Kyopo Project is a series of over 200 standardized full-body portraits of kyopo (people of Korean descent that reside outside of the Korean Peninsula) from around the world, by artist CYJO (Cindy Hwang). It's sort of like a giant yearbook of the Korean diaspora, recently published by Umbrage. Here's a really cool video composite of all the portraits in 21 seconds:
And here's an official description of the project:
In modern, spare and elegant portraiture, artist Cindy Hwang (CYJO) highlights the diversity, identity and immigration of the global kyopo, those of Korean descent that reside outside of the Korean Peninsula, seven million strong. Mass emigration from Korea began in the mid-nineteenth century and accelerated during the Japanese colonial period, a time of foreign occupation that saw Koreans conscripted into forced labor. A second wave of emigrants fled beginning in the 1960's, and it is these emigrants and their children that KYOPO captures as the face of the modern Korean diaspora.For those of you in the Washington D.C. area, KYOPO will be on display at the Smithsonian Institution's National Portrait Gallery as part of the the exhibition Portraiture Now: Asian American Portraits of Encounter, running August 12, 2011 through October 14, 2012. For more information about the Kyopo Project, go here.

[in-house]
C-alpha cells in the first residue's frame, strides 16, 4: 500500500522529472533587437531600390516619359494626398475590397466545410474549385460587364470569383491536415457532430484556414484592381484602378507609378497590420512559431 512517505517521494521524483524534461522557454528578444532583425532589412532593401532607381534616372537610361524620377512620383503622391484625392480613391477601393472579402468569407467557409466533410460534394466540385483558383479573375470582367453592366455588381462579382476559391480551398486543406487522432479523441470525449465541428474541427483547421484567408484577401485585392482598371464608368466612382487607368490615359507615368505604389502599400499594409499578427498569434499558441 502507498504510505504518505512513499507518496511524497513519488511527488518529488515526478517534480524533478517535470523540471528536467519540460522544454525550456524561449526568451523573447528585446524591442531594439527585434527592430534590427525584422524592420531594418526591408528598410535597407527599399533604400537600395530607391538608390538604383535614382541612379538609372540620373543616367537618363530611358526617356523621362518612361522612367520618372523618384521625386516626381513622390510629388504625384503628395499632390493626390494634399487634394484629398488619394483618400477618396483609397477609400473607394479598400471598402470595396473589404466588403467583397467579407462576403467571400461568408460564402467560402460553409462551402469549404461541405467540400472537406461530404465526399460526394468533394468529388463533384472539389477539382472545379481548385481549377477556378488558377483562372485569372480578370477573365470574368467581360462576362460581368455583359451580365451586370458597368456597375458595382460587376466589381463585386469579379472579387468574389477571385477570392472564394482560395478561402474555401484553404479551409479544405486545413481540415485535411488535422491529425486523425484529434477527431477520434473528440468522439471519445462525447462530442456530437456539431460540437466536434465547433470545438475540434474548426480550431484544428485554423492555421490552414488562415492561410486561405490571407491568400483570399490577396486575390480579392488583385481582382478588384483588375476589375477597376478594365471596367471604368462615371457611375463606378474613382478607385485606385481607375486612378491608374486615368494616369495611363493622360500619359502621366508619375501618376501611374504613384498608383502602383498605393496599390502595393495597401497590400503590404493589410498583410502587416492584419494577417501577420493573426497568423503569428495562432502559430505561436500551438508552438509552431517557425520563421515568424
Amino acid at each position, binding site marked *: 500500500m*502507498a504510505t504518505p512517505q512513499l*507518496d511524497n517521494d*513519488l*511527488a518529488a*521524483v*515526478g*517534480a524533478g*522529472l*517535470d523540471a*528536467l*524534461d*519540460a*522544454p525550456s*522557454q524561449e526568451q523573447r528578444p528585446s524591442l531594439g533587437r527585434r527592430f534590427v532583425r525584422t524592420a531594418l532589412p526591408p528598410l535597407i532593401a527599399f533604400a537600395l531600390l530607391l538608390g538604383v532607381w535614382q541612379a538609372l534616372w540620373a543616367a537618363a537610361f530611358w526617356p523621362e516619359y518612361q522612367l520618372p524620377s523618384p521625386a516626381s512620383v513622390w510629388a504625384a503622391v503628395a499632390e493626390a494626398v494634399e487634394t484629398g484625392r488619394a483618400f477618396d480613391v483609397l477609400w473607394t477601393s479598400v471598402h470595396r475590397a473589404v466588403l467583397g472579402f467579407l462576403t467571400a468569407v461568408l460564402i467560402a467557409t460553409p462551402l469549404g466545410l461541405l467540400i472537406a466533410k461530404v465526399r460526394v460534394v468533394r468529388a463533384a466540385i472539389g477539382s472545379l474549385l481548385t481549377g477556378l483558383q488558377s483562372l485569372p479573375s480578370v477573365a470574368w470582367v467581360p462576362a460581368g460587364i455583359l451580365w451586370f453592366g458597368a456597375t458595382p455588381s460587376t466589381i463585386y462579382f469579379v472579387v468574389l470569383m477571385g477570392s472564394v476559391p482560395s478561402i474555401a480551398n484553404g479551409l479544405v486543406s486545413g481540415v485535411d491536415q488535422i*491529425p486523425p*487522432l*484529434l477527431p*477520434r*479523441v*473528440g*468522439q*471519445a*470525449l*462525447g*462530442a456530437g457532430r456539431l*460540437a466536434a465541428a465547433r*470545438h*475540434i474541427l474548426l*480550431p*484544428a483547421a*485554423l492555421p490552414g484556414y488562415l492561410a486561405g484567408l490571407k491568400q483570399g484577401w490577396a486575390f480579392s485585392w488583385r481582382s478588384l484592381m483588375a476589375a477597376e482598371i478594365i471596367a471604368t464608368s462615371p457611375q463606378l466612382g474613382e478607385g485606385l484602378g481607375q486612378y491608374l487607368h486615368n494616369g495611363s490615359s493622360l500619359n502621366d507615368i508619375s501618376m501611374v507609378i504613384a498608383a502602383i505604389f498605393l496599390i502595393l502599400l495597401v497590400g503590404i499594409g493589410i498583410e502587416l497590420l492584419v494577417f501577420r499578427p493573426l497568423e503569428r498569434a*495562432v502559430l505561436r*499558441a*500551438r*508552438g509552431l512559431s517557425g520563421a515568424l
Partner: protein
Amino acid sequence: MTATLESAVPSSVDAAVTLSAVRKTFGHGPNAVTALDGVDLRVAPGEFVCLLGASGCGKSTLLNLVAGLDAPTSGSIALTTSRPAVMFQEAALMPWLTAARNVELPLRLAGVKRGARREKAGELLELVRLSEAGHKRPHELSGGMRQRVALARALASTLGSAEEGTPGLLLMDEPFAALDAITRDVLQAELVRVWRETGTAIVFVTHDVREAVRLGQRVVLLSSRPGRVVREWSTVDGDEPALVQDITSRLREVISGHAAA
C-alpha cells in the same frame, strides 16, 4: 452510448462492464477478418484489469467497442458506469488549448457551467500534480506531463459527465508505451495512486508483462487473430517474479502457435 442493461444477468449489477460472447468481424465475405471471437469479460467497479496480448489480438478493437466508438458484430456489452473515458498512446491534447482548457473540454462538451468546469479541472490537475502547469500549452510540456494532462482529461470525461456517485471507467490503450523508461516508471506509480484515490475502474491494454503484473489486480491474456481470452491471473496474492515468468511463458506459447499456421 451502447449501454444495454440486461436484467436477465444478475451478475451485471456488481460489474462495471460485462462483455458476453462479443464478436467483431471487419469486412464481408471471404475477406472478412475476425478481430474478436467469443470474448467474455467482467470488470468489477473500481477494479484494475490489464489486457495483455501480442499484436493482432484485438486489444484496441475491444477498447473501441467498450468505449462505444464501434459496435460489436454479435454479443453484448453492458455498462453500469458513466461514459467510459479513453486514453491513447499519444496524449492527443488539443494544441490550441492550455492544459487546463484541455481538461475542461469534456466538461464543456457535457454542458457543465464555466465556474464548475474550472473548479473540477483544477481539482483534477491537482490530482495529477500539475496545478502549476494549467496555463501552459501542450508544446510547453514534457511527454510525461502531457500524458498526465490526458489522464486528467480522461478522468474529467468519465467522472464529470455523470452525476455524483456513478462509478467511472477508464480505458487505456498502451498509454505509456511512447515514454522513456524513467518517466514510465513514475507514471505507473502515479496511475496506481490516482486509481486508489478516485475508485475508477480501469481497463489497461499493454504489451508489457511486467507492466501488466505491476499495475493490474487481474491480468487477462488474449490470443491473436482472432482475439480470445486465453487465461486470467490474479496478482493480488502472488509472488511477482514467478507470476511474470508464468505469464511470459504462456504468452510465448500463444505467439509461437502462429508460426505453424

Through her singular lens, CYJO seeks to unify these people and challenge the idea of the stereotypical Korean emigre. Yet perhaps a shared ancestry is the only thing that connects kyopo. CYJO decontextualizes her subjects to emphasize a sense of forced unity, allowing their spectrum of experience to contradict the apparent sameness of identity. Juxtaposed are the graduate student, the novelist, the human rights activist, the architect. The photographs, coupled with words from kyopo themselves, challenge the idea of a monolithic, "authentic" Korean identity, while stimulating exploration and a renewed perception of what it means to be both Korean and a citizen of the world.